by / September 9th, 2010 /

Hurts – Royal Institute of British Architecture, London

Manchester’s most dapper duo, Hurts, have certainly dressed for the occasion. In the opulent surroundings of the RIBI, the be-suited twosome find that their grandiose 80s-influenced pop fits perfectly. To say it evokes the spirit of the ’80s is an understatement – touches of Ultravox, Depeche Mode and Duran Duran swirl into a mix of synth-pop goodness, and every song feels reminiscent of yet another band from the era. Even Boy George stands among the crowd solidifying the boys’ bonafide 80s credentials. Their short performance is impressive, no doubt about it. With flawless sound and booming, epic vocals all set to an incredibly loud base of emotive synth, it’s something of an experience. The glorious, swooping ‘Silver Lining’ sends shivers up the spine as frontman, Theo Hutchcraft, entrances with the lower depths of his captivating vocal range.

Everything is polished here from the stage set-up, to the outfits, to the building the audience stands in, but then that’s all part of the entertainment. Hurts seem to have cottoned on to the fact that it’s all a show, it’s all part of a grander spectacle. Without the right setting and attitude, their over-the-top choruses and echoing drum beats would simply be contrived and empty. As it is, it’s performance. It’s a show. We appreciate them for the sharp, open-necked suits and slicked back hair. We admire the male opera singer at the back of the stage, drawing cohesion with the piano (albeit an electric one) diagonally to the front. We bathe in the saturations of deep colour flooding the stage at various times, matching the mood of the music. It’s a carefully constructed image but one that works so well.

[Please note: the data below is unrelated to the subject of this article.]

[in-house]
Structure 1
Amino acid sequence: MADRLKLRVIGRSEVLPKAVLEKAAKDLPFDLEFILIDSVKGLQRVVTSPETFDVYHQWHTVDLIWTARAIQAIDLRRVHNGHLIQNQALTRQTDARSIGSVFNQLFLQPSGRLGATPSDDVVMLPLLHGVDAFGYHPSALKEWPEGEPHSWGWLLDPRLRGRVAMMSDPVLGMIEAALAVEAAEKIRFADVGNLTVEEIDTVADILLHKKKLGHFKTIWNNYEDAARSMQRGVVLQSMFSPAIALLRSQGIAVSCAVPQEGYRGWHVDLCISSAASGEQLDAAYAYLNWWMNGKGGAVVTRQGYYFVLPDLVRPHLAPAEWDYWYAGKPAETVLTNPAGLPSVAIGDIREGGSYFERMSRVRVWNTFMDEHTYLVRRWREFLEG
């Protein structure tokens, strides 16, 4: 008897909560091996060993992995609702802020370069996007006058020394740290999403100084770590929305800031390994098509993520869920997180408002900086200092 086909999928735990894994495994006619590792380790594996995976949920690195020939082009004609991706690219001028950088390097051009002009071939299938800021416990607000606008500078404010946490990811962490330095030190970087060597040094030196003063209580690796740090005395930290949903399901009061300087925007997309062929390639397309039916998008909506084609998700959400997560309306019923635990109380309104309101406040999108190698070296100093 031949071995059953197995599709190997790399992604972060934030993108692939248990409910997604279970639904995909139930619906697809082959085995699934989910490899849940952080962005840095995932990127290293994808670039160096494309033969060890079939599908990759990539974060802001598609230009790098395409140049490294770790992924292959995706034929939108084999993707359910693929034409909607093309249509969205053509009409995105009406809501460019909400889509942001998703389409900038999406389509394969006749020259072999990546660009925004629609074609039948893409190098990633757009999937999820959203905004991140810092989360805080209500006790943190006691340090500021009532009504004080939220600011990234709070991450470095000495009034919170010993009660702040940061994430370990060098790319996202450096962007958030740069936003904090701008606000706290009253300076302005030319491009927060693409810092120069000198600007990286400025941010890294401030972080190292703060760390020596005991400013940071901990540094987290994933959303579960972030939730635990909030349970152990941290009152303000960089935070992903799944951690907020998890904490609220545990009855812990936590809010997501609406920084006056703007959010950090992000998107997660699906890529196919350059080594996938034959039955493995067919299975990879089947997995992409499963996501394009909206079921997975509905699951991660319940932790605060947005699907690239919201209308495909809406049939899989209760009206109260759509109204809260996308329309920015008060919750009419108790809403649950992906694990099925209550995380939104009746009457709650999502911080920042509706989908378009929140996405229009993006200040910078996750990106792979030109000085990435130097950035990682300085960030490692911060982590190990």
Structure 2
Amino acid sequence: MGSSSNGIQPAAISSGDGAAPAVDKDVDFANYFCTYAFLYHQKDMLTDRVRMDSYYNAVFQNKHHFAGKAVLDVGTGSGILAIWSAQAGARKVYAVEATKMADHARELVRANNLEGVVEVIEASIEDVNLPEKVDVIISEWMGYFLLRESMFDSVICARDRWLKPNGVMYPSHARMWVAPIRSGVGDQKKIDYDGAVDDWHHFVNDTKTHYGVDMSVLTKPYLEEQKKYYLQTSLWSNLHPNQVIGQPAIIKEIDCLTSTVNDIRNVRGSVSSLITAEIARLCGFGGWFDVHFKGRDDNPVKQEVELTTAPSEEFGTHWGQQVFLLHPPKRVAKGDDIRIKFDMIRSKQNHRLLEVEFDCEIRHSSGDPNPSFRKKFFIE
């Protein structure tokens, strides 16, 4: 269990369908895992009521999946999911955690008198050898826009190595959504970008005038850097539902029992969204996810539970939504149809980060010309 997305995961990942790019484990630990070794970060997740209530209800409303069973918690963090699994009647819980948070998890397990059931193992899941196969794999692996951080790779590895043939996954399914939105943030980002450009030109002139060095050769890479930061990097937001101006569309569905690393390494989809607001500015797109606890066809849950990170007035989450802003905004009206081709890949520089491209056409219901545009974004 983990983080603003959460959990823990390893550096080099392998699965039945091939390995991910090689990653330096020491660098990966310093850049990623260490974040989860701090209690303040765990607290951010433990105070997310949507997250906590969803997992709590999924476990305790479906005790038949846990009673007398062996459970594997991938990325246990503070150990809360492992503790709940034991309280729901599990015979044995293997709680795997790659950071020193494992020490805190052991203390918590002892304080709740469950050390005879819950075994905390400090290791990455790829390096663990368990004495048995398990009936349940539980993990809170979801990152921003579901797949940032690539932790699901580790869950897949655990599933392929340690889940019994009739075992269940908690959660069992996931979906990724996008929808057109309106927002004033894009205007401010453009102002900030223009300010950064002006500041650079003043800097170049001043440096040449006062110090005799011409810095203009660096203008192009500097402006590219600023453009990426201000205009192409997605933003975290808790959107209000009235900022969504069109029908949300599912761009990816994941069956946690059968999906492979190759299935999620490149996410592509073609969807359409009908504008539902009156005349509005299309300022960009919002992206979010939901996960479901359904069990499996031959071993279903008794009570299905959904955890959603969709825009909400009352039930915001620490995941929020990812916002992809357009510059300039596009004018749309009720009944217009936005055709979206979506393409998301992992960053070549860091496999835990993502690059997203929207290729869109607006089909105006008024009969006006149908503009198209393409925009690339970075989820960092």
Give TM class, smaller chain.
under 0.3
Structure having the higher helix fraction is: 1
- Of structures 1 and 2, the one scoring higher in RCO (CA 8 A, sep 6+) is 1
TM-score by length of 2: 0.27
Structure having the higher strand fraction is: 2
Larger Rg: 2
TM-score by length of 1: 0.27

How nice it would be to dislike these perfectly poised hyped hipsters. How nice it would be to dismiss them as all style and no substance – simply just a product of commercial flair and financial backing. The problem is, they’re good. They’re not perfect, sure – a couple of songs fade into nothingness – but when they get it right, they shine in all their flamboyant, bombastic glory.